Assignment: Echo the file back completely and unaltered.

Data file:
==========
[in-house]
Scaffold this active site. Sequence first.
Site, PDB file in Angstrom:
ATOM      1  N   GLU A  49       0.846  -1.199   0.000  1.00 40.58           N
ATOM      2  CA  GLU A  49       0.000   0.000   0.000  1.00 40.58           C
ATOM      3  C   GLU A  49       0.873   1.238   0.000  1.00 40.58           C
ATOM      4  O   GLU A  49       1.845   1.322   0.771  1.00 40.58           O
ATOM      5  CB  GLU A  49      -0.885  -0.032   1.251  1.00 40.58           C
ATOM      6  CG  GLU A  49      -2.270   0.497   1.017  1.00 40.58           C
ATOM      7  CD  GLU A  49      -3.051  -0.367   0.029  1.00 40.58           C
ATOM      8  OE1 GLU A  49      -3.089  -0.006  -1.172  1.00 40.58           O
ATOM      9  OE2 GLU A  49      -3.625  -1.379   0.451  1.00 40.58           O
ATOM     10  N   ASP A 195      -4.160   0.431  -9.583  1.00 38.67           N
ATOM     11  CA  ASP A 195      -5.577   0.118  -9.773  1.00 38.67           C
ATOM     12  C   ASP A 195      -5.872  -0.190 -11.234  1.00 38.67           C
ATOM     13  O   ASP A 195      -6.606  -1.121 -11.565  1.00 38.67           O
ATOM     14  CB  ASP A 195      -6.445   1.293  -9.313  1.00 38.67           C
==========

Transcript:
[in-house]
Scaffold this active site. Sequence first.
Site, PDB file in Angstrom:
ATOM      1  N   GLU A  49       0.846  -1.199   0.000  1.00 40.58           N
ATOM      2  CA  GLU A  49       0.000   0.000   0.000  1.00 40.58           C
ATOM      3  C   GLU A  49       0.873   1.238   0.000  1.00 40.58           C
ATOM      4  O   GLU A  49       1.845   1.322   0.771  1.00 40.58           O
ATOM      5  CB  GLU A  49      -0.885  -0.032   1.251  1.00 40.58           C
ATOM      6  CG  GLU A  49      -2.270   0.497   1.017  1.00 40.58           C
ATOM      7  CD  GLU A  49      -3.051  -0.367   0.029  1.00 40.58           C
ATOM      8  OE1 GLU A  49      -3.089  -0.006  -1.172  1.00 40.58           O
ATOM      9  OE2 GLU A  49      -3.625  -1.379   0.451  1.00 40.58           O
ATOM     10  N   ASP A 195      -4.160   0.431  -9.583  1.00 38.67           N
ATOM     11  CA  ASP A 195      -5.577   0.118  -9.773  1.00 38.67           C
ATOM     12  C   ASP A 195      -5.872  -0.190 -11.234  1.00 38.67           C
ATOM     13  O   ASP A 195      -6.606  -1.121 -11.565  1.00 38.67           O
ATOM     14  CB  ASP A 195      -6.445   1.293  -9.313  1.00 38.67           C